Advanced Technology Package ($5,650 -- includes premium HDD navigation, Entune App Suite, eight-speaker JBL audio, adaptive cruise control, pre-collision system, advanced parking guidance system, panoramic sunroof with power sliding shades), Carpet Floor Mats and Cargo Mat ($225)
Naturally aspirated, inline-4, gasoline with auto stop-start
DOHC, 4 valves per cylinder, variable intake-valve timing
Compression ration (x:1)
Horsepower (hp @ rpm)
98 @ 5,200
Torque (lb-ft @ rpm)
105 @ 4,000
Transmission and axle ratios (x:1)
It matters not what mode is selected (PWR, EV, Econ) when the throttle is pressed all the way to the floor -- as that action requests all the available power regardless of source. The engine is noticeably loud during max acceleration, which is modest at best. Traction control can be disabled; however, it returns at/above 30 mph.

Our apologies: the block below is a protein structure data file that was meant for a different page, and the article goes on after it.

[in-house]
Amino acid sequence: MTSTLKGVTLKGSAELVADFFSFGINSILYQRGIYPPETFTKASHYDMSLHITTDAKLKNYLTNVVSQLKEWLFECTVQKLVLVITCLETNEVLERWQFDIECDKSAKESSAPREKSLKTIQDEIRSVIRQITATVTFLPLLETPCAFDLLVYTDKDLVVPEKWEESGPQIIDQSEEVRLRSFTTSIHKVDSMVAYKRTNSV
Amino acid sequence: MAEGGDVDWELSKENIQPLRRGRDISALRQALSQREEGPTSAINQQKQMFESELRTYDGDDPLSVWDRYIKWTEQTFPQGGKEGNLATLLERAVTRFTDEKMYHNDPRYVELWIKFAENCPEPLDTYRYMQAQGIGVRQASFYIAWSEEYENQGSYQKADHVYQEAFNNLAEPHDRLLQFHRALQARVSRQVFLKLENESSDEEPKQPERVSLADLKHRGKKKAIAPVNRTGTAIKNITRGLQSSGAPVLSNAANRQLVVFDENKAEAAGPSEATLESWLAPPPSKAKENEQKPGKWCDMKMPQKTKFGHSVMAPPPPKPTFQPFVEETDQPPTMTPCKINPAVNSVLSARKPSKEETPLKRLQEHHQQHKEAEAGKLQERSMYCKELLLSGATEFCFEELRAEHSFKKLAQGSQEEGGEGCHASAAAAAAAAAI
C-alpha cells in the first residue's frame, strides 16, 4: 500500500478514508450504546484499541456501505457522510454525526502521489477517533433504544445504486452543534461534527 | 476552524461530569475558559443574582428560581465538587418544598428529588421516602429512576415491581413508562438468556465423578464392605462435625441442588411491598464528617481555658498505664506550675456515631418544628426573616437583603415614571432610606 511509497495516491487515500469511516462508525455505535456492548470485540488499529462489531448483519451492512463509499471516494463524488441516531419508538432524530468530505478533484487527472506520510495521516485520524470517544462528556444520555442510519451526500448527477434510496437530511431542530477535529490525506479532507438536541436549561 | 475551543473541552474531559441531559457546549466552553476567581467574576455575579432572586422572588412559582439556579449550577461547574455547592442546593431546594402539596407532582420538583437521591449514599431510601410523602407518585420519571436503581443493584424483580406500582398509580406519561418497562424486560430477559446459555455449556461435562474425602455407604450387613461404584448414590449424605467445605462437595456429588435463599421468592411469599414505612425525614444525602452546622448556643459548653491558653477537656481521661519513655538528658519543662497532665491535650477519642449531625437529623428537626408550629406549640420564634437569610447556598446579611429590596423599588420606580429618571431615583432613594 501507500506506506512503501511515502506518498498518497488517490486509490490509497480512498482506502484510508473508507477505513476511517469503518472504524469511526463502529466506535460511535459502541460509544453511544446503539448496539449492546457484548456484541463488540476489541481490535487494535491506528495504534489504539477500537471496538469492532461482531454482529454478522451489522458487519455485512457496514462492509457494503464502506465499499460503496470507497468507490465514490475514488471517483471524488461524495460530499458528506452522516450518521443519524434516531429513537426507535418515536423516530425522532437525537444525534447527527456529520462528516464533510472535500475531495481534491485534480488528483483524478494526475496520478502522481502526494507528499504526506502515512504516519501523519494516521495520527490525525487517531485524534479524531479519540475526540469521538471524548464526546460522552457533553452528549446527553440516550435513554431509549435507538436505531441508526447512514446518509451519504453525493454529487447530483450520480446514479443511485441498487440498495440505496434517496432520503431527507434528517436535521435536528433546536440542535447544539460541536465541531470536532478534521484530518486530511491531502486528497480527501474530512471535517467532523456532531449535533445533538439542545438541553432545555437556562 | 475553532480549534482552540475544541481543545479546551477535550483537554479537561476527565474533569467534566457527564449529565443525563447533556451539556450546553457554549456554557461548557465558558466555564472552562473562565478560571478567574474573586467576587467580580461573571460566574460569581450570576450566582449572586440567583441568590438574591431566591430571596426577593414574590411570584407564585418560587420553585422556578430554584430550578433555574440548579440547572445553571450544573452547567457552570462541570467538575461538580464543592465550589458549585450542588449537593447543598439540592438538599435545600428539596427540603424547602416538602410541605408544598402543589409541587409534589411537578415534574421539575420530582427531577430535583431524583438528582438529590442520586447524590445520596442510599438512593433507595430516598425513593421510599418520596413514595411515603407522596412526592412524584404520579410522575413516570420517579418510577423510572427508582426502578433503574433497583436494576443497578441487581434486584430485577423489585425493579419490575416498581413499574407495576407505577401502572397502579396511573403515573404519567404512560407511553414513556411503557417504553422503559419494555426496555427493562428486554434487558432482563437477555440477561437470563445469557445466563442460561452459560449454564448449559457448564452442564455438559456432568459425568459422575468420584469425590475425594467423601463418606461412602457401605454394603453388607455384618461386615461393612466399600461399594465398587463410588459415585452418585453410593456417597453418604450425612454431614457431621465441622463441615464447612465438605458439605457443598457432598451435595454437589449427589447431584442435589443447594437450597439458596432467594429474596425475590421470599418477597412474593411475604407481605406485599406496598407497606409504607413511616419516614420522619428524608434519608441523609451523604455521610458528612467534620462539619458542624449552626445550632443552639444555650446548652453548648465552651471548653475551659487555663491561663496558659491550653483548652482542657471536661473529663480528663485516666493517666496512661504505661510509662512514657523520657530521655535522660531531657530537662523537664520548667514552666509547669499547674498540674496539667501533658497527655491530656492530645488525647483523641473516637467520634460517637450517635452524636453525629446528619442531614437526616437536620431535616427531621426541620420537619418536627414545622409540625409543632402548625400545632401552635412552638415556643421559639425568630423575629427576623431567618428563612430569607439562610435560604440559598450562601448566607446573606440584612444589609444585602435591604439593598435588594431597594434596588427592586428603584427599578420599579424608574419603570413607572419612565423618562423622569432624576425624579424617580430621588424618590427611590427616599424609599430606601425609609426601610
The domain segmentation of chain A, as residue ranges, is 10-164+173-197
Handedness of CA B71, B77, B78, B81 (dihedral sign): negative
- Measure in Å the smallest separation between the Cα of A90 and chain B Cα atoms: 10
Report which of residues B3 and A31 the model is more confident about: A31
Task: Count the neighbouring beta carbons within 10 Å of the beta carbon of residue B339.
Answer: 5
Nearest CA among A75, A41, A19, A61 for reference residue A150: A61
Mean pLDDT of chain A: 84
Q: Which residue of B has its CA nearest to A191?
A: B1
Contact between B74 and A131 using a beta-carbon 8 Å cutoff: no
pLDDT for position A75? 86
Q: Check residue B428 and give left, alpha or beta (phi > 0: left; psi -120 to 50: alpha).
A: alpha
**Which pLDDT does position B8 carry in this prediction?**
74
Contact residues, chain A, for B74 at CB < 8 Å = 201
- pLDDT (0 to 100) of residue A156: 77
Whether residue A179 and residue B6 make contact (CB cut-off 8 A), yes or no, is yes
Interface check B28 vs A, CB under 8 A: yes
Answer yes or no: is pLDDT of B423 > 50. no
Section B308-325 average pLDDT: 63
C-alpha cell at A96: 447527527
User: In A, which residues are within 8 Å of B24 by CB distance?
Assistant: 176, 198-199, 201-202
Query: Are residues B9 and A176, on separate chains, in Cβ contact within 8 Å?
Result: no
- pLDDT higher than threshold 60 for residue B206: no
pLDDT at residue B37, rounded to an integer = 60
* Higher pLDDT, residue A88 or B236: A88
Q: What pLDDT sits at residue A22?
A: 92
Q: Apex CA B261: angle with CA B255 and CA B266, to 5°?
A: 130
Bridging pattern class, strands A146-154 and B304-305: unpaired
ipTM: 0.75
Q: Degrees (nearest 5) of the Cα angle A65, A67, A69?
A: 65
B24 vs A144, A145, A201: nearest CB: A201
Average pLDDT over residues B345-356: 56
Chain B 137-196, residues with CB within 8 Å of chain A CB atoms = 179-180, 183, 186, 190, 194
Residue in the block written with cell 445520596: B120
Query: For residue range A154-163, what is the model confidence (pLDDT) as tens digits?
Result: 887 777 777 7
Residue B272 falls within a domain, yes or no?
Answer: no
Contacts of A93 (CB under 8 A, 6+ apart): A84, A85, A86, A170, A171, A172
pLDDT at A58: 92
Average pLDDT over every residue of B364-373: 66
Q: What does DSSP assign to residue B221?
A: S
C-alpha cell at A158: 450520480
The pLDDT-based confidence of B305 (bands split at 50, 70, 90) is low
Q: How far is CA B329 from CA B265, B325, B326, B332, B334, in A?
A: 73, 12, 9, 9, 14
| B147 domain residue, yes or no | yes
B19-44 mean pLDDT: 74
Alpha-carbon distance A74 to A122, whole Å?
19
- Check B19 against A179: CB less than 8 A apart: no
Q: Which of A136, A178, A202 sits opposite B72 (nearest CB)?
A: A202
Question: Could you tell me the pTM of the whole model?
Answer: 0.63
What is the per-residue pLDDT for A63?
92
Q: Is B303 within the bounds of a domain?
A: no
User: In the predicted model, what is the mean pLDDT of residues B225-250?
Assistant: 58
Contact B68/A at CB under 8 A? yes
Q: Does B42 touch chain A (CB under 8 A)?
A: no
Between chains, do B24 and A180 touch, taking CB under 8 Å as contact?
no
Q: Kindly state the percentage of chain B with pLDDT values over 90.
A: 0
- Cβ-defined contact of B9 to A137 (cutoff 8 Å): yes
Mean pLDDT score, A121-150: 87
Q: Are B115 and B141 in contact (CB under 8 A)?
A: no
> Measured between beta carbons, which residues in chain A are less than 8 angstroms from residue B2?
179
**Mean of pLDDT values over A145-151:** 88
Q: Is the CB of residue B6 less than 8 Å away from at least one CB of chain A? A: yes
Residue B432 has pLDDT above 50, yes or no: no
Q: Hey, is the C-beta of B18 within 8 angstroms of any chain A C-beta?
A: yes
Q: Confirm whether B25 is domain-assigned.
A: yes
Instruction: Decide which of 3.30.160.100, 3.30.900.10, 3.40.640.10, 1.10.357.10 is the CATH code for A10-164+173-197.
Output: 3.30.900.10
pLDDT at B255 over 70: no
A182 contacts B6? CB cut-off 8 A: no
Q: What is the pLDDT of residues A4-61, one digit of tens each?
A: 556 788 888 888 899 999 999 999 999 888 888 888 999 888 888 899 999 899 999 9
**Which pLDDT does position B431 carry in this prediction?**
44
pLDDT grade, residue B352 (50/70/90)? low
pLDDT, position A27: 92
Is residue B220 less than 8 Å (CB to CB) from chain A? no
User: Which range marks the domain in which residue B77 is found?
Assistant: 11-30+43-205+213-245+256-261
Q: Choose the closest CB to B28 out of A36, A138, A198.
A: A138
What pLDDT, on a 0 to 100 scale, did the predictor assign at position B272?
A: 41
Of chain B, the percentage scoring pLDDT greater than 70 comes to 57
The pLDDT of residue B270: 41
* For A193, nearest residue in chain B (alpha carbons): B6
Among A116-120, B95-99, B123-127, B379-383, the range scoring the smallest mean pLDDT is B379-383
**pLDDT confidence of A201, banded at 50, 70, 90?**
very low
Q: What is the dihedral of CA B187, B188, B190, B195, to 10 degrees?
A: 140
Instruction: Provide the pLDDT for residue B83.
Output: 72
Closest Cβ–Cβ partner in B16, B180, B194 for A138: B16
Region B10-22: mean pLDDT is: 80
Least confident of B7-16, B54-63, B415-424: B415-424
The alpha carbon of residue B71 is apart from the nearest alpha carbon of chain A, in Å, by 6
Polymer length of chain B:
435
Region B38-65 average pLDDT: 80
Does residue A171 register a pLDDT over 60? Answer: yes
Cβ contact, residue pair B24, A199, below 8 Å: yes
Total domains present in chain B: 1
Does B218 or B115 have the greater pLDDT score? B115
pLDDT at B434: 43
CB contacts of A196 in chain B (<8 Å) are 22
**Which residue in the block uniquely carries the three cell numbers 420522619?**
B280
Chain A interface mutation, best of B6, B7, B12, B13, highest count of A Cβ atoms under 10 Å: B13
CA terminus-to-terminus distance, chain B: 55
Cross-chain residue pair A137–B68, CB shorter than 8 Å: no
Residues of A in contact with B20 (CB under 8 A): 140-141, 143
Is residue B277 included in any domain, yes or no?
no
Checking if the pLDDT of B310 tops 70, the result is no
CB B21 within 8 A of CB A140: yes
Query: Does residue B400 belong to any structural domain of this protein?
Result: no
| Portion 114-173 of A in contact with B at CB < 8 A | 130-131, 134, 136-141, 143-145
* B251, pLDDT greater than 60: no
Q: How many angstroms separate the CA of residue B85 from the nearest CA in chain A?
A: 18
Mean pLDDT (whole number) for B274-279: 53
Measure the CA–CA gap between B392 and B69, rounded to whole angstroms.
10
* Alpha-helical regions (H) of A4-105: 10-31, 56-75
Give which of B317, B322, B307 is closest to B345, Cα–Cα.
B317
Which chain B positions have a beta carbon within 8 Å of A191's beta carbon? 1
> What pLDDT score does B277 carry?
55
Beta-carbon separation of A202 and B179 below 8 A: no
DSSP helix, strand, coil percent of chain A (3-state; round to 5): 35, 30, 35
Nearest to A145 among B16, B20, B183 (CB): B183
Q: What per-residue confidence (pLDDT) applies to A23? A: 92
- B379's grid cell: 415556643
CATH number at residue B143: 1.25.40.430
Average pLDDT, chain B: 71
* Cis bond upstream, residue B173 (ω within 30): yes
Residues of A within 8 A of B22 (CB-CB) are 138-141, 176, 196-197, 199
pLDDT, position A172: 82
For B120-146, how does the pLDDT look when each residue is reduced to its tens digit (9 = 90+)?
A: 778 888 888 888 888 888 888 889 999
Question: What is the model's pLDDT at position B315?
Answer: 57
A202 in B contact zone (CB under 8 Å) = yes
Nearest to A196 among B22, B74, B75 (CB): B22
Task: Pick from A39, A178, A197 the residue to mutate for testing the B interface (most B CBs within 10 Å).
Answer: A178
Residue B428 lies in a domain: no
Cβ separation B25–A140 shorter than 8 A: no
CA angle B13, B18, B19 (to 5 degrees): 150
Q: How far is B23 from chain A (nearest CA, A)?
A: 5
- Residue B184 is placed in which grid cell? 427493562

Less dive than one might expect from a family-wagon-type thing and no hybrid-regenerative-braking woes in a panic stop from 60 mph. This is the shortest distance we've recorded for a Prius V; perhaps a brake pad upgrade, but more likely a result of the tires that are a different brand, wider, and of a lower profile than all previous Prius V tires we've tested.
Slalom: Steering weight is better than that of other Prii, but still essentially numb and distant in terms of feel. The electronic stability control (ESC) system is conservatively calibrated so it intervenes early and often. ESC rewards smoothness and a single steering input per cone in the slalom. Skid pad: Again, ESC intervenes by taking away the throttle, effectively limiting the speed around the skid pad without the need to check heading with the brakes as it does in the slalom.